Asian in The Middle

Today is the day the Supreme Court starts hearing the Asian students vs Harvard and UNC arguments that could affect affirmative action in college admissions (and most likely other race-conscious selections in the US). Starting early in the day, many articles were written in several publications discussing the outcome of today’s hearing. One stood out, https://apple.news/AQ2dqvBt6QdqkxsyCffsKrg, by pointing out the unscrupulous practice of Harvard admission. The article explained in detail how Harvard wanted to keep its preferred white and rich students while at the same time appearing liberals by accepting more black and brown students. So what gives in this situation? The Asian students are the causality of this hypocrisy. There are limited spots for incoming freshmen at Harvard. If it wants to keep the number of white students and increase the acceptance of black and brown students, it must sacrifice Asians. 

This brings to mind the “middle child syndrome”. This is a theory developed by Alfred Adler in 1964 on the importance of birth order on personality development. You can read more here, https://www.healthline.com/health/mental-health/middle-child-syndrome, but the gist of the article is that the middle child is the most disadvantaged and the forgotten one. In other words, the least important of all the siblings. If Harvard is a parent, then Asian students are the middle child, the ones that can be sacrificed and ignored. The first child would be the whites for they received the most attention. The youngest are the blacks and the browns, for they are the favorite and the most spoiled by the parents. Just think about it, if Harvard wants to keep the whites and accepts more blacks and brown, then it will have to sacrifice the Asians, which fits the middle child syndrome. 

Here is another article listing the top ten worst things about middle child, https://www.thetoptens.com/family/worst-things-about-being-middle-child/ Let’s see how many of these match the experiences Asian students face when applying to top colleges (not in any particular order). 

1. The lack of attention from your parents

2. You can never win a sibling fight

3. Hand-me-downs

4. Being the scapegoat

5. Deficiency of kudos

6. You get punished more than your siblings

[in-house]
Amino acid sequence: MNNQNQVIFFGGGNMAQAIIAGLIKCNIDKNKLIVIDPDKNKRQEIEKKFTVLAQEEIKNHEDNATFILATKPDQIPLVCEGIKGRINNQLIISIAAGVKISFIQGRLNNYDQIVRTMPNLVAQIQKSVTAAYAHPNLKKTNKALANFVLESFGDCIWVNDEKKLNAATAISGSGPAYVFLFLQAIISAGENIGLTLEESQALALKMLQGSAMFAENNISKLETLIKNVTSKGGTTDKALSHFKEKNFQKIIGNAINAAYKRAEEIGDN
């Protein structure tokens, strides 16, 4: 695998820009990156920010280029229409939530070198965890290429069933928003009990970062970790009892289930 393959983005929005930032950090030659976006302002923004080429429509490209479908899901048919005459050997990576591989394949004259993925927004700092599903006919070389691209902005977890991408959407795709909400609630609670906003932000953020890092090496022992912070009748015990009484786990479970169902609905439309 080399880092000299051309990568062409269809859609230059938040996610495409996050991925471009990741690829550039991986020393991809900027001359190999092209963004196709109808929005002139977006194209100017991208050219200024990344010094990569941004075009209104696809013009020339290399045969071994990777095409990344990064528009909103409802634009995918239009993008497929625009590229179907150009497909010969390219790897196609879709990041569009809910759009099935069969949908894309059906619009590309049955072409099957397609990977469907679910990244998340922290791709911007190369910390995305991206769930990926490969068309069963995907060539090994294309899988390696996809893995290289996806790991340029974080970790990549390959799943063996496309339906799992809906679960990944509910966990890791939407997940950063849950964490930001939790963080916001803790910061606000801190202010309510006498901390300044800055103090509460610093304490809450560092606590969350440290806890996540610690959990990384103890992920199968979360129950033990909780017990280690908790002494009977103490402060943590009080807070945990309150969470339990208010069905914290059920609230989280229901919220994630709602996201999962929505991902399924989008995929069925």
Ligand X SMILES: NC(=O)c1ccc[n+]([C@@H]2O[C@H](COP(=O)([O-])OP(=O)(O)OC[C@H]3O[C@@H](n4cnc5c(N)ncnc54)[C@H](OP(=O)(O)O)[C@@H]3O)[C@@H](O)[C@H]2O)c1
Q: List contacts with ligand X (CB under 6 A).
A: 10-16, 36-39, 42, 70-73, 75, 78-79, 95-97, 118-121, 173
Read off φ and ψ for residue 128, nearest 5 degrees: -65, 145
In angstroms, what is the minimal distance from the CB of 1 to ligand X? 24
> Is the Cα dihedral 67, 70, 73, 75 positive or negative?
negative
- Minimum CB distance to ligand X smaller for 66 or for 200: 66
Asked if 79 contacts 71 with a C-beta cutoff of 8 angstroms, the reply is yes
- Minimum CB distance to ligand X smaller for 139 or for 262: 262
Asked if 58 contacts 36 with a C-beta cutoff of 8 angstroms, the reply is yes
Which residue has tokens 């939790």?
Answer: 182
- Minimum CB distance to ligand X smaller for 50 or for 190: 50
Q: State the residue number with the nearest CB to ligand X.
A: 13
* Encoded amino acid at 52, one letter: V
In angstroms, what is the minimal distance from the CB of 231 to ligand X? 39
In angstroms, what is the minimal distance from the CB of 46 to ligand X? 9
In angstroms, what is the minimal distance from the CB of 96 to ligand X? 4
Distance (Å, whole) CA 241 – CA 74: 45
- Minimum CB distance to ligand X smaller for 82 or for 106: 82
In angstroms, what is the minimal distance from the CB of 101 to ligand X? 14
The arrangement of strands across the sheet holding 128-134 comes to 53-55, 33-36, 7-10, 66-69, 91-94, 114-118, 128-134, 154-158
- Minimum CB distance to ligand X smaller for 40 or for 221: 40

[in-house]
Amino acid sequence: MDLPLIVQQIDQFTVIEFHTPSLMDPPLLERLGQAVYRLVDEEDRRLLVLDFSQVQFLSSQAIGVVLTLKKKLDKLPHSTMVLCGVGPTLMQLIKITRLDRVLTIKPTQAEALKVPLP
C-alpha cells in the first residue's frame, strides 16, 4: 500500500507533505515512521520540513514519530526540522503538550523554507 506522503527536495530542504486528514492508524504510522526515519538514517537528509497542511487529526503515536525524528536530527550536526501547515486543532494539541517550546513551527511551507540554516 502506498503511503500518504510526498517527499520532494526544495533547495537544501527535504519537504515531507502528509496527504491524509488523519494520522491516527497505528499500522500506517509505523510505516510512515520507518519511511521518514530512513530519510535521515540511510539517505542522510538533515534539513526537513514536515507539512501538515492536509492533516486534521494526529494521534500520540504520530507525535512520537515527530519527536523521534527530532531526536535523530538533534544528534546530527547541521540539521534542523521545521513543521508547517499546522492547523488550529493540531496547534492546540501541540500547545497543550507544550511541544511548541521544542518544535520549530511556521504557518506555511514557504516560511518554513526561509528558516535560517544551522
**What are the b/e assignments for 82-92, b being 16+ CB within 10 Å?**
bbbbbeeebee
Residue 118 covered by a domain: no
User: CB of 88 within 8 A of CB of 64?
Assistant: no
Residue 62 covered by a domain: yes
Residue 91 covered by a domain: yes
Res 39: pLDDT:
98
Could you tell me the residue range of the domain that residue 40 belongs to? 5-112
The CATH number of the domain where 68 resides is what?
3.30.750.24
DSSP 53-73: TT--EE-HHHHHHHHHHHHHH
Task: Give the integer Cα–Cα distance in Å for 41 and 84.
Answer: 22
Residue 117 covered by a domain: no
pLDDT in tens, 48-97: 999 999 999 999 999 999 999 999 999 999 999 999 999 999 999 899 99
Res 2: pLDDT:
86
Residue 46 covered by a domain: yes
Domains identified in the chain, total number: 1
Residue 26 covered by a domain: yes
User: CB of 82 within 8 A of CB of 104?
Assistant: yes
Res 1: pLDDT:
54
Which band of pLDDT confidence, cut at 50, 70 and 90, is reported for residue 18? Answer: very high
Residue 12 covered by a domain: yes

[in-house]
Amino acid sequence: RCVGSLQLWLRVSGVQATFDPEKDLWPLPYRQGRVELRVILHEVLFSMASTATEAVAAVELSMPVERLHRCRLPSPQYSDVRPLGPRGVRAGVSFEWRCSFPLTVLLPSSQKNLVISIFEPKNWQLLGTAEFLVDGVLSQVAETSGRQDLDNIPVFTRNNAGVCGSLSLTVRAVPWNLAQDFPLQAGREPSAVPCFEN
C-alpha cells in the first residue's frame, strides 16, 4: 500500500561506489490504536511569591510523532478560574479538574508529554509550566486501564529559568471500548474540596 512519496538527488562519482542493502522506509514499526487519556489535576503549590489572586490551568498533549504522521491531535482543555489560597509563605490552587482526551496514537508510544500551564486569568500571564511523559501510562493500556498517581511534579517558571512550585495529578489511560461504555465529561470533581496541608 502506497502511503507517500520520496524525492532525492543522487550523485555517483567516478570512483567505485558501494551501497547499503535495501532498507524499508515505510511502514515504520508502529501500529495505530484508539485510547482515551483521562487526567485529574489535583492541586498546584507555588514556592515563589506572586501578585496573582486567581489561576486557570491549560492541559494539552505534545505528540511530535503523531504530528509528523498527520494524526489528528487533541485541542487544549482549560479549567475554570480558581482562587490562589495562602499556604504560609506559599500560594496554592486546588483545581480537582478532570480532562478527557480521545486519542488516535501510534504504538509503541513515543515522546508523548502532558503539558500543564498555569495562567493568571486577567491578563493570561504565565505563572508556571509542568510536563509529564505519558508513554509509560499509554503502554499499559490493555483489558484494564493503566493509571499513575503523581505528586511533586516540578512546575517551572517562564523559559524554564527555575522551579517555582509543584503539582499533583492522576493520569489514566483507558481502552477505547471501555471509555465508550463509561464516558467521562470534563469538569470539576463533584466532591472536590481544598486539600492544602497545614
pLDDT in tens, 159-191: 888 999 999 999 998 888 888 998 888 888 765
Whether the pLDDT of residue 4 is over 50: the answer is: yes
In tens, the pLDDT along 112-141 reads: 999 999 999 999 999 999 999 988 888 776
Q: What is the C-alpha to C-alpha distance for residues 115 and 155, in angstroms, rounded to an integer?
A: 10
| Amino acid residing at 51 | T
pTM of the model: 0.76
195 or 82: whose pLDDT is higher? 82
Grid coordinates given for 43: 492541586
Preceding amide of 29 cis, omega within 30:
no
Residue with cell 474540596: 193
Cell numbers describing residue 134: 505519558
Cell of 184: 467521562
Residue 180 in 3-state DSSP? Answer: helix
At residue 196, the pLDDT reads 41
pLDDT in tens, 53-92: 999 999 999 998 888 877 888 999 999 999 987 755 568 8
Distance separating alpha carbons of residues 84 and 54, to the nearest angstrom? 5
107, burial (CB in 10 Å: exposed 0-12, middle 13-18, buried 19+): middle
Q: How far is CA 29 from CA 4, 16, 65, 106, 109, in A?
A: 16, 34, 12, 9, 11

7. You have to do more work than your siblings

8. Parents think you’re the black sheep

9. You get treated like dirt

10. No one notices when you do something good

If Harvard is a parent, then Harvard is a terrible parent. Why would a parent pit one sibling against the other? Generation Z doesn’t distinguish skin colors, but segregation practices by these colleges invoke resentment in the victims. Jokes aside, top colleges should not treat any students unfairly. Using race in selecting students is wrong. Where is equity for all? There are other ways to promote diversity in colleges but discrimination based on skin color is not one of them, no matter how you cut it. 

Harvard and other colleges should stop giving preferences to athletes, donors’ children,  faculty’s children, and legacies if they truly want a fair and diverse student body. Colleges keep arguing that they should give chances to low-income students, the first in the family to go to college, etc., but being unwilling to sacrifice their privileged students is hypocrisy. Do the right thing, Harvard.

Colleges, please consider these:

○ 73% Americans support color-blind admissions

○ Merit Excellence Fairness

○ Judge by Content of Character, Not Skin Color

○ Support Race Neutral Admissions

○ Equal Education Rights for All

○ Diversity =/ Skin Color

○ Fix K-12. Don’t Scapegoat Asians.

○ Help Students in Need Regardless of Race

○ Stop Anti-Asian Discrimination

○ My Race Should Not Hurt Me in Admissions

○ I Am Asian American. I Have A Dream Too

○ Harvard. No More Racial Stereotyping

○ Discrimination in the Name of Diversity Is Wrong

○ Stop Discriminating on the Basis of Race

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